Celebrating Ozone Layer Protection Milestones of the Clean Air Act

Anne Austin, Principal Deputy Assistant Administrator for U.S. EPA Office of Air and RadiationBy Anne L. Austin
Principal Deputy Assistant Administrator for the Office of Air and Radiation

Ozone layer protection in the United States reaches an important milestone in 2020. For 30 years the U.S. Environmental Protection Agency (EPA) has been helping to protect and heal the Earth’s stratospheric ozone layer by phasing out ozone-depleting substances (ODS). This year marks the start of the final phaseout stage for certain ODS: hydrochlorofluorocarbons, otherwise known as HCFCs. To date, we have reduced production and import of ODS by over 99.5 percent. And, by the end of this decade, we will complete this historic phaseout.

I am proud that our country’s actions under the Clean Air Act (CAA) and global action under the Montreal Protocol on Substances that Deplete the Ozone Layer (Montreal Protocol) mean that the ozone layer is expected to recover to pre-1980 levels. With leadership from the Reagan Administration, the world agreed to the Montreal Protocol on September 16, 1987. This achievement was followed by the 1990 CAA Amendments that included provisions on Stratospheric Ozone Protection, which President George H. W. Bush signed into law. Over the past 30 years, the United States has made remarkable progress in phasing out production of ODS, reducing emissions of ODS, and transitioning to safer alternatives through the EPA’s Significant New Alternatives Policy (SNAP) program. Now more than ever, we are supporting a smooth and seamless transition for consumers and industry.

Under President Trump’s leadership, EPA has revised the SNAP regulations to increase the acceptable charge limit for certain refrigerants to provide more flexibility for equipment designs by industry, expanded the list of acceptable alternatives, and supported adoption into industry standards. At the same time, we issued regulations to ensure the final phaseout of HCFCs while allowing for the continued use for servicing a broader range of existing equipment.

This phaseout is largely due to American companies’ innovative approaches to solving a global problem, which is a key tenet fostered under the Trump Administration. U.S. industry has led the way, at every stage, by developing next generation technologies even while the use of air-conditioning and refrigeration has steadily grown. The EPA has joined with companies to further reduce harmful emissions by establishing two partnership programs: the Responsible Appliance Disposal (RAD) program and the GreenChill Advanced Refrigeration Partnership. The RAD program works with stakeholders to dispose of old refrigerated appliances using the best environmental practices, and GreenChill works with the supermarket industry to reduce refrigerant emissions. Both voluntary programs help to reduce emissions and build strong partnerships in our communities. In the last several years, RAD and GreenChill have gained new partners contributing to the continued success of the programs– demonstrating that what is good for the environment is good for business.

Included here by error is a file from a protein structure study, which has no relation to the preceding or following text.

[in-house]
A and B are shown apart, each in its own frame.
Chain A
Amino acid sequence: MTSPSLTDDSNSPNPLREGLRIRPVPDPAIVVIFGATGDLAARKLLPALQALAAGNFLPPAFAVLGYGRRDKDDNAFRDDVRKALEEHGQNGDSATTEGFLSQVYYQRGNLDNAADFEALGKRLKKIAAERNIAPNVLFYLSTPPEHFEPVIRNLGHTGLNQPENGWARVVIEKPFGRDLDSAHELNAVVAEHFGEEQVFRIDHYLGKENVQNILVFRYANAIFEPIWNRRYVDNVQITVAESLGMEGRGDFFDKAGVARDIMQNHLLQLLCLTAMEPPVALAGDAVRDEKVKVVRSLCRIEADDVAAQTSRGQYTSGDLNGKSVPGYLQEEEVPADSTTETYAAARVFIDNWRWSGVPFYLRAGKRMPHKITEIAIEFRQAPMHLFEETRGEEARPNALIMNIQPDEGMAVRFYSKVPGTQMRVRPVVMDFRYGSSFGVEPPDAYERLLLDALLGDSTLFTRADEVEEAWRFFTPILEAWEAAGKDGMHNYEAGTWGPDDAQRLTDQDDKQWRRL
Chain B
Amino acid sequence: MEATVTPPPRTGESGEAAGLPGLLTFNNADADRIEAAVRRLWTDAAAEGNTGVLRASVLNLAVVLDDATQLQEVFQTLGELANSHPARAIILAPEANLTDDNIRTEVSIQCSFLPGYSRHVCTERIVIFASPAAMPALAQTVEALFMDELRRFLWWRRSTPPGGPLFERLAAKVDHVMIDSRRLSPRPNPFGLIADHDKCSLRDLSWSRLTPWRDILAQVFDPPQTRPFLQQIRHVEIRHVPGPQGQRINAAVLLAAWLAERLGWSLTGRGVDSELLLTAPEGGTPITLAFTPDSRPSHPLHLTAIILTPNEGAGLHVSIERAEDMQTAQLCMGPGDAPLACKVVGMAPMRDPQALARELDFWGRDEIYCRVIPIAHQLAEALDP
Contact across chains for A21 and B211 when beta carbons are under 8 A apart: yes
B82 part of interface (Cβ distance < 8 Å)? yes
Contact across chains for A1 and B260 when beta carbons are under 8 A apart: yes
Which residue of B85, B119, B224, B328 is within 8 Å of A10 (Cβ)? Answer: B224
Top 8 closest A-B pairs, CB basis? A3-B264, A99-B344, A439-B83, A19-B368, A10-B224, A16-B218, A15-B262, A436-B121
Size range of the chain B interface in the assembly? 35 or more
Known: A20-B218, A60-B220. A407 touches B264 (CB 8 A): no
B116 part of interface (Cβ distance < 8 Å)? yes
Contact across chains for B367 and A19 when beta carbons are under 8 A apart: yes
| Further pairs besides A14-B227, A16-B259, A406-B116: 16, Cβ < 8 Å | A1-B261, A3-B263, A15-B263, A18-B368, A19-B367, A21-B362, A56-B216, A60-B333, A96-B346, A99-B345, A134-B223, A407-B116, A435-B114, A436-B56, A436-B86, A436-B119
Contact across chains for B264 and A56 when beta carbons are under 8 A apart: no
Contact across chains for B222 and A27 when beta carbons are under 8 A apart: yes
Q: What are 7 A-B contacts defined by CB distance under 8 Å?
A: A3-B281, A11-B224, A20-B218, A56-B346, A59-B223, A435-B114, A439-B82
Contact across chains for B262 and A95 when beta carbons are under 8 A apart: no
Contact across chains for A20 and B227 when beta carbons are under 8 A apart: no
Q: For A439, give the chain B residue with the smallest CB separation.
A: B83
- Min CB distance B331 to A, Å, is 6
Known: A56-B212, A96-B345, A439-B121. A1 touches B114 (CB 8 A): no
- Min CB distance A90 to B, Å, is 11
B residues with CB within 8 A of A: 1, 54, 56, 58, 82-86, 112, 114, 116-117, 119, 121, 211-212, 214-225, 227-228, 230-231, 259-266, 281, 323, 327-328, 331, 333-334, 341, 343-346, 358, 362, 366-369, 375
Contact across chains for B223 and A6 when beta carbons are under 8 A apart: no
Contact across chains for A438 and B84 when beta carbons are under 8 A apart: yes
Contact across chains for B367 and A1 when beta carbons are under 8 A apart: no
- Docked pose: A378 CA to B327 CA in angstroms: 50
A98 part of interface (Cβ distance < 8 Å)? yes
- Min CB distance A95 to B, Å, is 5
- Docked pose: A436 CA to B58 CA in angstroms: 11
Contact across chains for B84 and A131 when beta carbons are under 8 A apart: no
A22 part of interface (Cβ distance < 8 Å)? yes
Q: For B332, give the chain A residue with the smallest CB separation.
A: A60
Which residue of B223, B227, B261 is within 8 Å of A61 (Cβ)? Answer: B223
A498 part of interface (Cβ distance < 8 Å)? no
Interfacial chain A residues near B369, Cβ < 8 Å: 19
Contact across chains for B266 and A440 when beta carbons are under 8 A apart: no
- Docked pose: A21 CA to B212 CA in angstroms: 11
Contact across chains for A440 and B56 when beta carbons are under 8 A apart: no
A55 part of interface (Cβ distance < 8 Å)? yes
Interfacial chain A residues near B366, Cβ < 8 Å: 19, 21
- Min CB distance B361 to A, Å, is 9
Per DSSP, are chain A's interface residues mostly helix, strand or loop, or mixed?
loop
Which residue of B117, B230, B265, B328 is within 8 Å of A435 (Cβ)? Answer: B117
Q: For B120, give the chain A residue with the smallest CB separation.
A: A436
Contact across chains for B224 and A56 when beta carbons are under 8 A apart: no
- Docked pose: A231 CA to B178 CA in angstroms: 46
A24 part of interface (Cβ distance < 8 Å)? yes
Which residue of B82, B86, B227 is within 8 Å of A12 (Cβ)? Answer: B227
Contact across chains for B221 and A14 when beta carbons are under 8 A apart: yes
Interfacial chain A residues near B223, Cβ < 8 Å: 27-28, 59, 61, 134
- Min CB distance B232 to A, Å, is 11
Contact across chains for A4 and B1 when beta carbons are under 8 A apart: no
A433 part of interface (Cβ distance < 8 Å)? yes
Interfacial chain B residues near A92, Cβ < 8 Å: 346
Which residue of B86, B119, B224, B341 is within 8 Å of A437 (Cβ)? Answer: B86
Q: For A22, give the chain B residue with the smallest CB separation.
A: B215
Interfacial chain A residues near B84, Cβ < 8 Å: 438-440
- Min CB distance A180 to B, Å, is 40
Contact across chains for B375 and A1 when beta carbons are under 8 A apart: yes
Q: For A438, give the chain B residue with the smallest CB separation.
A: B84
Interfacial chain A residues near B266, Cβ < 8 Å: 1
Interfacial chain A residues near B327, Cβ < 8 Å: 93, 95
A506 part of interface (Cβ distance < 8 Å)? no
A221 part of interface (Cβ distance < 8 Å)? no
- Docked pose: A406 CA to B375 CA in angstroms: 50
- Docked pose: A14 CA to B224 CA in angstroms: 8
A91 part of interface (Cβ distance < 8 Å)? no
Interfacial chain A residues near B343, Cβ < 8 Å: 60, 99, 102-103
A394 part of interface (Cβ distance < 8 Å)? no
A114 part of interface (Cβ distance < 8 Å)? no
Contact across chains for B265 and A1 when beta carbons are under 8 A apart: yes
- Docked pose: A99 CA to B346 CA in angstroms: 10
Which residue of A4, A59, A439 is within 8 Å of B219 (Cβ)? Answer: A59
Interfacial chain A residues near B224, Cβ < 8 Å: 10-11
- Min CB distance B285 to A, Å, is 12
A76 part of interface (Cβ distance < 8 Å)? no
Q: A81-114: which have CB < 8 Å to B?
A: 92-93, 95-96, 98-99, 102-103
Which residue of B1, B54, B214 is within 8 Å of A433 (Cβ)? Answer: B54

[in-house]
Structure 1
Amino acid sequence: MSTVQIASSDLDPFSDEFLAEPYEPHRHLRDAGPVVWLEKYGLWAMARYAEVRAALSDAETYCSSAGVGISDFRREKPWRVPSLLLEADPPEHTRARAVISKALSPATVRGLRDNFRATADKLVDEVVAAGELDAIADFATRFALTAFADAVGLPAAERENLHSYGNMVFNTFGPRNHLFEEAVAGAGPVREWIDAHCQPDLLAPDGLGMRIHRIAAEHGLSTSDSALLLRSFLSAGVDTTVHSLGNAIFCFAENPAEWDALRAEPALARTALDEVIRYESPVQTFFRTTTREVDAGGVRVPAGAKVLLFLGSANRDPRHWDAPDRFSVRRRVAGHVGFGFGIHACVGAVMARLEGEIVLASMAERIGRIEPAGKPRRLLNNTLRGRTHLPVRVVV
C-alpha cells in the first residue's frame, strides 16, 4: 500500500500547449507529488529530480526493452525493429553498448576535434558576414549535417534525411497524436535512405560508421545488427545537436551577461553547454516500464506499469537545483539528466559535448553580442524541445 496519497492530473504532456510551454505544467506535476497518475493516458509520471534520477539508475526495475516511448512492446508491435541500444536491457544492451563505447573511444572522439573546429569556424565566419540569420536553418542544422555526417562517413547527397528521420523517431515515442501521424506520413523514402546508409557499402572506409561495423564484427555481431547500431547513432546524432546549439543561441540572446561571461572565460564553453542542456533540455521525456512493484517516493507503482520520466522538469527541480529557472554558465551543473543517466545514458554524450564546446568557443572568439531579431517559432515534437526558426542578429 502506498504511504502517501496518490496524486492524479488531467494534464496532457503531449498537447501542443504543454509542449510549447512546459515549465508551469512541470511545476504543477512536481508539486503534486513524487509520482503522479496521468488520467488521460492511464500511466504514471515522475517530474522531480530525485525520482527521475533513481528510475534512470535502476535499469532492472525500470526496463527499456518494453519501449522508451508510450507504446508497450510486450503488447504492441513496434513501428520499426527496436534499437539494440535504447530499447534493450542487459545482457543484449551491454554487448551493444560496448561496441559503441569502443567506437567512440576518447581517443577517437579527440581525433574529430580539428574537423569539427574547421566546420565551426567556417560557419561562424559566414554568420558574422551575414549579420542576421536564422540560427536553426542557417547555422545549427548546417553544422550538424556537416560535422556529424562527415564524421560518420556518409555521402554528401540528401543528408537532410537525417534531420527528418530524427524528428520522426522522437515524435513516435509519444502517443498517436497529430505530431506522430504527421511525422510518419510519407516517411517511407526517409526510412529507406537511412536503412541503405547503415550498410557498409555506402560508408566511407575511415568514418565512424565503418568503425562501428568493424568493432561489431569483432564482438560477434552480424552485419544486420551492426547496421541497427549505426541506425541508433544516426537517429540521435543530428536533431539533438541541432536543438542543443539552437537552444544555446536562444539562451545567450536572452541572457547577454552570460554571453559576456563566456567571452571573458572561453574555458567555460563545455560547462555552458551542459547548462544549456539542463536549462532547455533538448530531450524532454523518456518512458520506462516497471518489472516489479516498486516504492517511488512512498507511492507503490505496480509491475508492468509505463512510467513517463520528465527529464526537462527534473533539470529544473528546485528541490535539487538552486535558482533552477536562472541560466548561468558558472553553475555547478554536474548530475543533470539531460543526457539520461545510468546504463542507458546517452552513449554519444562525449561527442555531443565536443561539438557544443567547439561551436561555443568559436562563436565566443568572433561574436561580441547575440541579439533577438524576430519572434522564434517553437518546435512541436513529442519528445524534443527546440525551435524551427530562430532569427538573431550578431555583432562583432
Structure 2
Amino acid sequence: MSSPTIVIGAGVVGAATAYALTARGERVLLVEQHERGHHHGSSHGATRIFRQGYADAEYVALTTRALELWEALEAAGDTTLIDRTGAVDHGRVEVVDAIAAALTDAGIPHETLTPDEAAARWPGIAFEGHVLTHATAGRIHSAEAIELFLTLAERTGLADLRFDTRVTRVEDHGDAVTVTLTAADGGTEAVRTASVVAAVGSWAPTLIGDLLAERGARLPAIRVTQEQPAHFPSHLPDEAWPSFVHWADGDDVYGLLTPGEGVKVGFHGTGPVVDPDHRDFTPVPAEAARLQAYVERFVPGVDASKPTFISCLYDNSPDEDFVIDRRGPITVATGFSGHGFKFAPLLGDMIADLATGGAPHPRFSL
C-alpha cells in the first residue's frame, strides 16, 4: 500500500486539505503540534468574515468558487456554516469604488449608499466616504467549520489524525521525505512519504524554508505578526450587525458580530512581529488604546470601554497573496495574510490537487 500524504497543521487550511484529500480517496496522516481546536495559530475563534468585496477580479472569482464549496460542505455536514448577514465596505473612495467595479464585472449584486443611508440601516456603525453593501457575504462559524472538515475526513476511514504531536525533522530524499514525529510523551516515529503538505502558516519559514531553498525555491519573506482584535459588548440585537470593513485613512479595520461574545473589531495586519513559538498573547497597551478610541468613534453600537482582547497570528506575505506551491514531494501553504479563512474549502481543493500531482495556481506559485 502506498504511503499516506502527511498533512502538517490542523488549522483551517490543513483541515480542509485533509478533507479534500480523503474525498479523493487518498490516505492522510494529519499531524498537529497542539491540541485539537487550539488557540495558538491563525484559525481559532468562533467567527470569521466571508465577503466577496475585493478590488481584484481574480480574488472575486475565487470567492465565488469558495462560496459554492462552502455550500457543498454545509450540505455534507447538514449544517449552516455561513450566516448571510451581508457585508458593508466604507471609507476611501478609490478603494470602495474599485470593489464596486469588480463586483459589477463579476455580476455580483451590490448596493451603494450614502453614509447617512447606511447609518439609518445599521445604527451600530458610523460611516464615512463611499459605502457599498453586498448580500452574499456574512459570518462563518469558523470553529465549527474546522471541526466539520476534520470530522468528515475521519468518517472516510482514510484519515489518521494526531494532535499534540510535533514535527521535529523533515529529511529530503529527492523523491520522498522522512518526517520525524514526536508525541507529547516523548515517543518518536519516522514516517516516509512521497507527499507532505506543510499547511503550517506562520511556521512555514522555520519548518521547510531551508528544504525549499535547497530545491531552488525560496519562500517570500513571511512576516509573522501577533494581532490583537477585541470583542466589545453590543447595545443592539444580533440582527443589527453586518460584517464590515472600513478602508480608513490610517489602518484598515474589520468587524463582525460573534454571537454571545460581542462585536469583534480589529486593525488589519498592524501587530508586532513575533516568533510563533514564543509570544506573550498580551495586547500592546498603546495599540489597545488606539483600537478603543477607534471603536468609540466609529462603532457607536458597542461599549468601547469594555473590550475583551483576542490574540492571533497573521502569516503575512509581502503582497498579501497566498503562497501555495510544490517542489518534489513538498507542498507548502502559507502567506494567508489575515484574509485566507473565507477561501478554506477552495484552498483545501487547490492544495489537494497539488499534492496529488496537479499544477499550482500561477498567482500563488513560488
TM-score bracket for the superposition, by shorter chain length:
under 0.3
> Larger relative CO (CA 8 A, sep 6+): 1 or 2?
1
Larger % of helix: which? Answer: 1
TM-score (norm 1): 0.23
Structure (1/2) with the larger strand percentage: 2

But why is ozone layer protection so important? Stratospheric ozone is our defense against harmful ultraviolet (UV) radiation from the sun. When ODS are emitted to the atmosphere, they destroy ozone molecules and thin the ozone layer, allowing more UV radiation to reach the Earth’s surface. Overexposure to UV radiation can cause a range of serious health effects, from skin cancer and cataracts to suppression of our immune systems. UV radiation can also damage sensitive crops, which reduces crop yields, and harm marine phytoplankton with potentially profound effects on the food chain.

In a recently released report, the EPA estimates that the full implementation of the Montreal Protocol will prevent approximately 443 million cases of skin cancer and 63 million cases of cataracts in the United States alone. We can also take simple steps to reduce health risks by being smart and safe in the sun. Together with the National Weather Service and the Centers for Disease Control and Prevention, the EPA provides the UV Index, a daily UV forecast to help protect the public from overexposure to UV radiation. Anyone can download the free UV Index smartphone app in English or Spanish and quickly and easily access important information to help plan how to enjoy the outdoors safely.

You may not have known that ozone layer protection is part of our everyday life. I invite you to learn more by viewing the resources we developed for this milestone year. Visit our website for highlights on the many achievements made possible by ozone protection policies and explore Strat City, an interactive webpage where you can see how ozone layer protection affects the many aspects of our daily living.

 

About the author: Anne L. Austin is Principal Deputy Assistant Administrator for the Office of Air and Radiation. Read more.

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